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‘SNL’ writer Katie Rich suspended after Barron Trump tweet, reports say

"Saturday Night Live" writer Katie Rich has apologized for her "inexcusable" tweet about Barron Trump. Credit: TNS / Nuccio DiNuzzo

“Saturday Night Live” writer Katie Rich has been suspended from the show indefinitely following a tweet poking fun at Barron Trump, the 10-year-old son of President Donald Trump and first lady Melania Trump. was the first of multiple outlets to report the suspension, which NBC has not confirmed. Rich, who worked exclusively on “Weekend Update” material for the late-night sketch-comedy show, had deleted the offending tweet and deactivated then reactivated her account, according to The Hollywood Reporter.

“I sincerely apologize for the insensitive tweet,” Rich wrote Monday on her sole remaining tweet. “I deeply regret my actions & offensive words. It was inexcusable & I’m so sorry.”

According to screengrabs, the comedy writer and stand-up comic had tweeted on Friday that “Barron will be this country’s first homeschool shooter.” Widespread criticism followed. Chelsea Clinton, the adult daughter of President Bill Clinton and Democratic presidential nominee Hillary Clinton, tweeted Sunday, “Barron Trump deserves the chance every child does-to be a kid. Standing up for every kid also means opposing @POTUS policies that hurt kids.”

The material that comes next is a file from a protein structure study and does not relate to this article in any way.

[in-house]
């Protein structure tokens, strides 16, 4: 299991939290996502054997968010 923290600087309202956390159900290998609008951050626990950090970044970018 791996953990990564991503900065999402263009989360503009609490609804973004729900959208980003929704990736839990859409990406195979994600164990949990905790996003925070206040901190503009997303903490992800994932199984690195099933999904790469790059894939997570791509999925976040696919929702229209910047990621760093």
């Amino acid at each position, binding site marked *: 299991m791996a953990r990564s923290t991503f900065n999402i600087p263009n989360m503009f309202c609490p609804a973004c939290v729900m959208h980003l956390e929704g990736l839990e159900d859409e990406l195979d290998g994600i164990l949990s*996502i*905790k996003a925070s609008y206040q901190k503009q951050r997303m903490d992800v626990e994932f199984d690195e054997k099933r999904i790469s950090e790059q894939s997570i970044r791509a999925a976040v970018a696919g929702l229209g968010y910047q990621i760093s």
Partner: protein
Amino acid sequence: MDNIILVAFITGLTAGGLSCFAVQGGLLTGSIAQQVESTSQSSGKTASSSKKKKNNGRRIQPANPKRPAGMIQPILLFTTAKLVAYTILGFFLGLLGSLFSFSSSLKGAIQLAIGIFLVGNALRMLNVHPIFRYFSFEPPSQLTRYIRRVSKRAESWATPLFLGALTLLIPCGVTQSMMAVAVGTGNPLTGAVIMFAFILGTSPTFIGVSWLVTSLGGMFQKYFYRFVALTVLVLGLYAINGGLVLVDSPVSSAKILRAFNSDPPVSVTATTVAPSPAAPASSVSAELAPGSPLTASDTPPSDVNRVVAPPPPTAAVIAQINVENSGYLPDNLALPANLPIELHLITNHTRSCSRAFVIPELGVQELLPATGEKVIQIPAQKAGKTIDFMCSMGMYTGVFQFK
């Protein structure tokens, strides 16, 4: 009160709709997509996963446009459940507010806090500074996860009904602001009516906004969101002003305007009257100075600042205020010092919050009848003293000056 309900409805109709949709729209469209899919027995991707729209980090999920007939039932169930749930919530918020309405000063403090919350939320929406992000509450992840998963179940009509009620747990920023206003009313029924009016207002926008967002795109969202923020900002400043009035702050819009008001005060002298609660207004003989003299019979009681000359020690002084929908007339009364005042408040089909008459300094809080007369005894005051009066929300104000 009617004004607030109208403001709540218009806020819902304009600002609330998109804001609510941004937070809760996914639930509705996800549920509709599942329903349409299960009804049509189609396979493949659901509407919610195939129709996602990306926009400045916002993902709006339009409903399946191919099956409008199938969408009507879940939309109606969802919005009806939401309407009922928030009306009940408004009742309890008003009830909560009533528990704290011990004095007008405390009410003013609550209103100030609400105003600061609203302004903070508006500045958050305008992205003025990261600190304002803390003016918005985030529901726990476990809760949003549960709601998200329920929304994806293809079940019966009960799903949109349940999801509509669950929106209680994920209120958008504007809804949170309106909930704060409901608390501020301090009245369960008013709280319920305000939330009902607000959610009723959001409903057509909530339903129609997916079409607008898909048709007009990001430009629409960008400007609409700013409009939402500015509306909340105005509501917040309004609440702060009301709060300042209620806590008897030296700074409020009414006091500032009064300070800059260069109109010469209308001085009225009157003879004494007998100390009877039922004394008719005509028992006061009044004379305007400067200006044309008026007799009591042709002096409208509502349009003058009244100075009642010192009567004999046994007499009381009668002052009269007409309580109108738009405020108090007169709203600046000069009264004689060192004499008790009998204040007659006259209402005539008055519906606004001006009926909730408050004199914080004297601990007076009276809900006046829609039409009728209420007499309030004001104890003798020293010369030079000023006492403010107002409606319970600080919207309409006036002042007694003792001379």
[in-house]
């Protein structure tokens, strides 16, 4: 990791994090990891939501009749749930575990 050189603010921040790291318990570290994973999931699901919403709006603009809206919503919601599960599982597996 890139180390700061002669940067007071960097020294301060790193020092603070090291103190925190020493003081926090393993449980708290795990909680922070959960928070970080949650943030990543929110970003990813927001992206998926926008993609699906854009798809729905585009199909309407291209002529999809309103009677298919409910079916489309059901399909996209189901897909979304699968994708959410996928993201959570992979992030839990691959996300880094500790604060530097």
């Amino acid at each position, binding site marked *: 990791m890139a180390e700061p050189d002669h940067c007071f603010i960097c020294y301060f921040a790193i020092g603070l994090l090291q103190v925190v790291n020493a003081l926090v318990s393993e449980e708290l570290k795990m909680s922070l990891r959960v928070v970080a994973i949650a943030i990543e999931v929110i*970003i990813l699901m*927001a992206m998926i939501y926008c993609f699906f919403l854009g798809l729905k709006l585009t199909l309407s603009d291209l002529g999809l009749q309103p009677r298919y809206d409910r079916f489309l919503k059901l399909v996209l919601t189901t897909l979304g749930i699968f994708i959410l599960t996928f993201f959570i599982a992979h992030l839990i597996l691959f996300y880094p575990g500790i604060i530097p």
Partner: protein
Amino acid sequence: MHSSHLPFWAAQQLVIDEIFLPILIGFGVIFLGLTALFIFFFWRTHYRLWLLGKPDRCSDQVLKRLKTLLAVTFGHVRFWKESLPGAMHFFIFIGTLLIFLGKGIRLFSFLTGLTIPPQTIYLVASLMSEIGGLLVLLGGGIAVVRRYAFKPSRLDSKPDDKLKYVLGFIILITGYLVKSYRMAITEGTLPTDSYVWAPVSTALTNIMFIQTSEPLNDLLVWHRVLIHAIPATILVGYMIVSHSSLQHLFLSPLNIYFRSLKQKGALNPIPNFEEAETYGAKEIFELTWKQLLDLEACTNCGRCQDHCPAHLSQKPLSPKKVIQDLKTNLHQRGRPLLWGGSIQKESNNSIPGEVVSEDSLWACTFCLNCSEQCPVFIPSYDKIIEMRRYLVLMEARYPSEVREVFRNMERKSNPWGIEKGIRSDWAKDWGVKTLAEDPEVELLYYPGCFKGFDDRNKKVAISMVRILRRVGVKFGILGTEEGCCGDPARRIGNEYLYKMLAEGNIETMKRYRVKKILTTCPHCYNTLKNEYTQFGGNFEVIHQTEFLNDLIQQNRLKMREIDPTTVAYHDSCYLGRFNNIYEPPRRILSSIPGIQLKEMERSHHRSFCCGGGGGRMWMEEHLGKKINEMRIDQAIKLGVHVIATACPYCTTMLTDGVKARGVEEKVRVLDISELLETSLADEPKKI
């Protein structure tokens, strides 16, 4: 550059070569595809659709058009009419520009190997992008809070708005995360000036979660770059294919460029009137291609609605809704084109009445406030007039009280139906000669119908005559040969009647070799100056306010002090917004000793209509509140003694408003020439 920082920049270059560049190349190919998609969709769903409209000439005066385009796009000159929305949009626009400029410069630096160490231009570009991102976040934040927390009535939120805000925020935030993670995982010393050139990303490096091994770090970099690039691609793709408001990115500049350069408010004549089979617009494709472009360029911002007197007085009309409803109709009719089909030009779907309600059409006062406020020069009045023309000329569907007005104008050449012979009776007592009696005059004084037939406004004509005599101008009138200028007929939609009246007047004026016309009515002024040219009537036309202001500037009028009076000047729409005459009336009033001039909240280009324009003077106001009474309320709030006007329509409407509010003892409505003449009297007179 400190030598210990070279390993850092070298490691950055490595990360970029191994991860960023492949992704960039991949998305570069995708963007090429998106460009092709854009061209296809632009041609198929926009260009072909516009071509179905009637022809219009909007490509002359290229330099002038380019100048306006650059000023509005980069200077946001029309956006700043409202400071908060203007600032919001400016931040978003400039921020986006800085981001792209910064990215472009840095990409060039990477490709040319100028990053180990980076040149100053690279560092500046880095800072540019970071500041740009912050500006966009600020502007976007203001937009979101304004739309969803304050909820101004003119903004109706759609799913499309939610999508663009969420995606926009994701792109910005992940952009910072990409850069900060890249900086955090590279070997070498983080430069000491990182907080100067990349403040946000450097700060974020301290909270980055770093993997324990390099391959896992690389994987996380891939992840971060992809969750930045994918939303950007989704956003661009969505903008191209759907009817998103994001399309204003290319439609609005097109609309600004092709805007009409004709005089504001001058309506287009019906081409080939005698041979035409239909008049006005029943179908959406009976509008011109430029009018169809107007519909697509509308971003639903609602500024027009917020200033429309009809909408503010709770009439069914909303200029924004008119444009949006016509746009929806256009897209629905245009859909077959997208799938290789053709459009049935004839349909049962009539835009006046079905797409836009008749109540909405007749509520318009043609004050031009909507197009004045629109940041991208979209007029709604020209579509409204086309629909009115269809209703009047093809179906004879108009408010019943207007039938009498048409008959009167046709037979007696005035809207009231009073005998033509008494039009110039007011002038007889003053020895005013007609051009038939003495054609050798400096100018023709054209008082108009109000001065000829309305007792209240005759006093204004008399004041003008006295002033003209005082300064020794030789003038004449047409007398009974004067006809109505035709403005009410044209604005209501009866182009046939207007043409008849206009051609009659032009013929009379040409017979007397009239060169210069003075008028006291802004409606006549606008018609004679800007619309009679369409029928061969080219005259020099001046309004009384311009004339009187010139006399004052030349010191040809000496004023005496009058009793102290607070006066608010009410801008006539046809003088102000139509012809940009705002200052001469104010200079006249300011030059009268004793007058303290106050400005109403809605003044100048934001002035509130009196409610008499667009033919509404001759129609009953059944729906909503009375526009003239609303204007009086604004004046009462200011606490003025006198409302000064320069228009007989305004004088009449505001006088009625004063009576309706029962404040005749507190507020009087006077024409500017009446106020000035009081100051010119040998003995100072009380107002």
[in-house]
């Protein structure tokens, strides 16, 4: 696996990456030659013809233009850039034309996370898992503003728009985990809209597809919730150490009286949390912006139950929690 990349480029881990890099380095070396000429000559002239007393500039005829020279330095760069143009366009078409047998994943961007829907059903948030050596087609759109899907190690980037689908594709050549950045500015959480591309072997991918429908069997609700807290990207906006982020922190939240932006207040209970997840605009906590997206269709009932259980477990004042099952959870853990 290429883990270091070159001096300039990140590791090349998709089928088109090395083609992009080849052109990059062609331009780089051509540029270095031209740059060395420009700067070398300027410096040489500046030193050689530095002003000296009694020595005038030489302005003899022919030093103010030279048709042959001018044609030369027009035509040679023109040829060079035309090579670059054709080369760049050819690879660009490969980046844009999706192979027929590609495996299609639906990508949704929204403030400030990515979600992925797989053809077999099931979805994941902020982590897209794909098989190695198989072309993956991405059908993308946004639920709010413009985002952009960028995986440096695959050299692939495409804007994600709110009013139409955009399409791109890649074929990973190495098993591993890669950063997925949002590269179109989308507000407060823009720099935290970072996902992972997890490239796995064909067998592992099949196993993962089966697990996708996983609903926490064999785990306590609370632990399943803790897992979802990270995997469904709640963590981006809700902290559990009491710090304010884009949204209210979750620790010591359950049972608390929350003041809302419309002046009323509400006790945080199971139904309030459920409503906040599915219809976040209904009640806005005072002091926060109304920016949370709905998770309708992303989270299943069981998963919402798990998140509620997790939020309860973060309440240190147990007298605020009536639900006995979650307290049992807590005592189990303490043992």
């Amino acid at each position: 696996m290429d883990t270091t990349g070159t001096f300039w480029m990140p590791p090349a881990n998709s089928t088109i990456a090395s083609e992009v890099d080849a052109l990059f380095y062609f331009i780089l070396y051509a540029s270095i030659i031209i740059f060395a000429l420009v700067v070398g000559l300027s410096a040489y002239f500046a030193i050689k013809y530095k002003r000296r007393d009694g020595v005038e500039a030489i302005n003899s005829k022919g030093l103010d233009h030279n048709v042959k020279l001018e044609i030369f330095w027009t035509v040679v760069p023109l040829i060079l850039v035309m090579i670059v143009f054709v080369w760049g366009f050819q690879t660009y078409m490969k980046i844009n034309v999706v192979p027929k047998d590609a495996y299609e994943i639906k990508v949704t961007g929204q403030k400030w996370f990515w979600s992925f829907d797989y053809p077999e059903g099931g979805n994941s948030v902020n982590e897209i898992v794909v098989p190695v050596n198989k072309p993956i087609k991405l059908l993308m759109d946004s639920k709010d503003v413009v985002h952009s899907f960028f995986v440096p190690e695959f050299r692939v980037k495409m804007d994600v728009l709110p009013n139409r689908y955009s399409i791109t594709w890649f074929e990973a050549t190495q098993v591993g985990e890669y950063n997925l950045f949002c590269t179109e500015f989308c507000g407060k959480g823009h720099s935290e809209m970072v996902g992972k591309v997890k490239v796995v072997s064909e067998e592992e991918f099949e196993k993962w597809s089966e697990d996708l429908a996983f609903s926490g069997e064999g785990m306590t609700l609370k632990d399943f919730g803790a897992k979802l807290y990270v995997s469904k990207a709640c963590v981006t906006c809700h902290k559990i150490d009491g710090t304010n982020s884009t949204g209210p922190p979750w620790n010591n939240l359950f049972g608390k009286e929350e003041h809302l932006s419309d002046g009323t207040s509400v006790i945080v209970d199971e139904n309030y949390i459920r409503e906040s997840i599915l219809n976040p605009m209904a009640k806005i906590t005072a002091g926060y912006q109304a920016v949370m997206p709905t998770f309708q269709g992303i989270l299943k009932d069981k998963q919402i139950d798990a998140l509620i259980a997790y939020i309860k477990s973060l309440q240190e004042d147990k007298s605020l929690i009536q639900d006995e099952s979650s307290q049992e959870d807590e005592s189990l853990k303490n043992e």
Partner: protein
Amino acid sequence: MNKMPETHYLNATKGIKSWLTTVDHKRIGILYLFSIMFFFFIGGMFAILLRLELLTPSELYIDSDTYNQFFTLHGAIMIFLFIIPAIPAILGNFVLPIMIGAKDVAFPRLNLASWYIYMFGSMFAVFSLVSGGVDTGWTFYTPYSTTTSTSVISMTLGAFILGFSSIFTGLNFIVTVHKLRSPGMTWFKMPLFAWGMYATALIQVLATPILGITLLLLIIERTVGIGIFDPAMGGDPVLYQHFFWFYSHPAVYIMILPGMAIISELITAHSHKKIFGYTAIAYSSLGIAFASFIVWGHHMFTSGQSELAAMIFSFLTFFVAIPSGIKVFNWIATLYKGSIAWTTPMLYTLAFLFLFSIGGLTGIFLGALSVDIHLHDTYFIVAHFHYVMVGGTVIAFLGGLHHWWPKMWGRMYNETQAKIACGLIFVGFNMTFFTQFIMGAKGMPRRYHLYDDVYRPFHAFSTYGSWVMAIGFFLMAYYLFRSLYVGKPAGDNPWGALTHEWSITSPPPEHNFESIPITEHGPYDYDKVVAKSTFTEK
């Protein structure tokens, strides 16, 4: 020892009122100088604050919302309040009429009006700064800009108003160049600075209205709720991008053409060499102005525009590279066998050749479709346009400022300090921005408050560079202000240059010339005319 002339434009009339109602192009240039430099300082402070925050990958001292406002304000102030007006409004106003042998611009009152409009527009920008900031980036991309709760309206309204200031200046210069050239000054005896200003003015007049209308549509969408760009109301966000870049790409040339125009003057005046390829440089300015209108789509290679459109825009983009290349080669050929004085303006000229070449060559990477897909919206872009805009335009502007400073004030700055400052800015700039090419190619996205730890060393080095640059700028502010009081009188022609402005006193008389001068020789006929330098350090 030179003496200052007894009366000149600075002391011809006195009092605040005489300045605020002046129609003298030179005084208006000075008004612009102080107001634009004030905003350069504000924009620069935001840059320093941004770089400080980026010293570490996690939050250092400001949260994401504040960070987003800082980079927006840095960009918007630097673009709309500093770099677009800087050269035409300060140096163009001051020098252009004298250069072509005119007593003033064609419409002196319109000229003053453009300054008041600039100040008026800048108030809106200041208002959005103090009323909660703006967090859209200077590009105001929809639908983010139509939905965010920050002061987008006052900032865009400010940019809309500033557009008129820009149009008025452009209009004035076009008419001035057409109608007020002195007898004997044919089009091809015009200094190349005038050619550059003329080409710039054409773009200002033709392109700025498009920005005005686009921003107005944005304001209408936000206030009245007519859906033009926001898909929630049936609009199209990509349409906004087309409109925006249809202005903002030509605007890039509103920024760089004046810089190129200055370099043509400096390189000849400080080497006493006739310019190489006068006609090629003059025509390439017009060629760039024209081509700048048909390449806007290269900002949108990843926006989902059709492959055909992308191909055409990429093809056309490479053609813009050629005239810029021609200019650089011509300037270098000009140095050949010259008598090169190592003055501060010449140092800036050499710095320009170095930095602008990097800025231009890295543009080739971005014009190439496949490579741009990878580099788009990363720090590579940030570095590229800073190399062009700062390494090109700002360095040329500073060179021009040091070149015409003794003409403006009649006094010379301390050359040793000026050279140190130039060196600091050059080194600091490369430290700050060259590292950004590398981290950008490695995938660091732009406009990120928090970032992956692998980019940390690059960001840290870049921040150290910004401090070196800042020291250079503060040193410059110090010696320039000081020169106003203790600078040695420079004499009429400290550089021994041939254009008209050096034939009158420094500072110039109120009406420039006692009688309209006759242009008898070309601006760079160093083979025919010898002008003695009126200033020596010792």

Donald Trump, who frequently tweets criticism of the satirical “Saturday Night Live,” had not responded as of Monday afternoon.

The show’s Dec. 5, 1992, “Wayne’s World” sketch had placed 12-year-old Chelsea Clinton as No. 2 on Wayne (Mike Myers) and Garth’s (Dana Carvey) top ten things they liked about president-elect Bill Clinton. While the sketch overall remains available in ancillary runs of the show and at, their comments that “adolescence has been thus far unkind” to her but “she could turn into a babe in waiting” were edited out after criticism, and Myers wrote a letter of apology to the Clintons. Executive producer Lorne Michaels noted months later that, “We felt, upon reflection, that if it was in any way hurtful, it wasn’t worth it,” adding, “She’s a kid, a kid who didn’t choose to be in public life.”

In the 1970s, “SNL” had also made jokes at the expense of President Jimmy Carter and Rosalynn Carter’s 9-year-old daughter Amy. Those jibes did not generate significant public protest, though Michaels conceded in 1993 that they were “a little rougher” than those aimed at Chelsea Clinton.


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